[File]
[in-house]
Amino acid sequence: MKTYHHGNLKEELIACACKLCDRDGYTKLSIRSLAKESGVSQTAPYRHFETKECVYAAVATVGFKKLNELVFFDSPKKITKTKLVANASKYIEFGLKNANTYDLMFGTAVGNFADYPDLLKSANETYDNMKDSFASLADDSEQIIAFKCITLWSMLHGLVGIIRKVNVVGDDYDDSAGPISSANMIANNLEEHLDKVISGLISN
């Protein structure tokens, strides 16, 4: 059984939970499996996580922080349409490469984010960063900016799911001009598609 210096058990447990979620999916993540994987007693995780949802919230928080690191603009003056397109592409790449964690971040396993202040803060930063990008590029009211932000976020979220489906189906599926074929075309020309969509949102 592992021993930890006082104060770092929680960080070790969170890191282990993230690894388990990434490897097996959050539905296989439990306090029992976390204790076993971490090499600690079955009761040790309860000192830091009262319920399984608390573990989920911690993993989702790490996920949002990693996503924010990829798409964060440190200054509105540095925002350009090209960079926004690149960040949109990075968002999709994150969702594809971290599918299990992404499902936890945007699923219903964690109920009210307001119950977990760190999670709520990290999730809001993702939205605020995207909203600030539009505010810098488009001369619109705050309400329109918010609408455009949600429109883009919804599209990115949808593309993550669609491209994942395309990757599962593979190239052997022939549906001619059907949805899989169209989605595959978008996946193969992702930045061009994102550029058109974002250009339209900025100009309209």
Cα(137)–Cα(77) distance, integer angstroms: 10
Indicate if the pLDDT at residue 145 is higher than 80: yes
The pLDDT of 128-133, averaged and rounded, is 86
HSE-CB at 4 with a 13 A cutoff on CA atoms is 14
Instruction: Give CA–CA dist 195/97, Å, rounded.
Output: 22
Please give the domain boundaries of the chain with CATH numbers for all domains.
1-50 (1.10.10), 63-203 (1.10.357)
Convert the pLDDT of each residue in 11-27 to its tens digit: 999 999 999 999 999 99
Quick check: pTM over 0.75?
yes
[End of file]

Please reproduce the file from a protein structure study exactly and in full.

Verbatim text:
[in-house]
Amino acid sequence: MKTYHHGNLKEELIACACKLCDRDGYTKLSIRSLAKESGVSQTAPYRHFETKECVYAAVATVGFKKLNELVFFDSPKKITKTKLVANASKYIEFGLKNANTYDLMFGTAVGNFADYPDLLKSANETYDNMKDSFASLADDSEQIIAFKCITLWSMLHGLVGIIRKVNVVGDDYDDSAGPISSANMIANNLEEHLDKVISGLISN
């Protein structure tokens, strides 16, 4: 059984939970499996996580922080349409490469984010960063900016799911001009598609 210096058990447990979620999916993540994987007693995780949802919230928080690191603009003056397109592409790449964690971040396993202040803060930063990008590029009211932000976020979220489906189906599926074929075309020309969509949102 592992021993930890006082104060770092929680960080070790969170890191282990993230690894388990990434490897097996959050539905296989439990306090029992976390204790076993971490090499600690079955009761040790309860000192830091009262319920399984608390573990989920911690993993989702790490996920949002990693996503924010990829798409964060440190200054509105540095925002350009090209960079926004690149960040949109990075968002999709994150969702594809971290599918299990992404499902936890945007699923219903964690109920009210307001119950977990760190999670709520990290999730809001993702939205605020995207909203600030539009505010810098488009001369619109705050309400329109918010609408455009949600429109883009919804599209990115949808593309993550669609491209994942395309990757599962593979190239052997022939549906001619059907949805899989169209989605595959978008996946193969992702930045061009994102550029058109974002250009339209900025100009309209």
Cα(137)–Cα(77) distance, integer angstroms: 10
Indicate if the pLDDT at residue 145 is higher than 80: yes
The pLDDT of 128-133, averaged and rounded, is 86
HSE-CB at 4 with a 13 A cutoff on CA atoms is 14
Instruction: Give CA–CA dist 195/97, Å, rounded.
Output: 22
Please give the domain boundaries of the chain with CATH numbers for all domains.
1-50 (1.10.10), 63-203 (1.10.357)
Convert the pLDDT of each residue in 11-27 to its tens digit: 999 999 999 999 999 99
Quick check: pTM over 0.75?
yes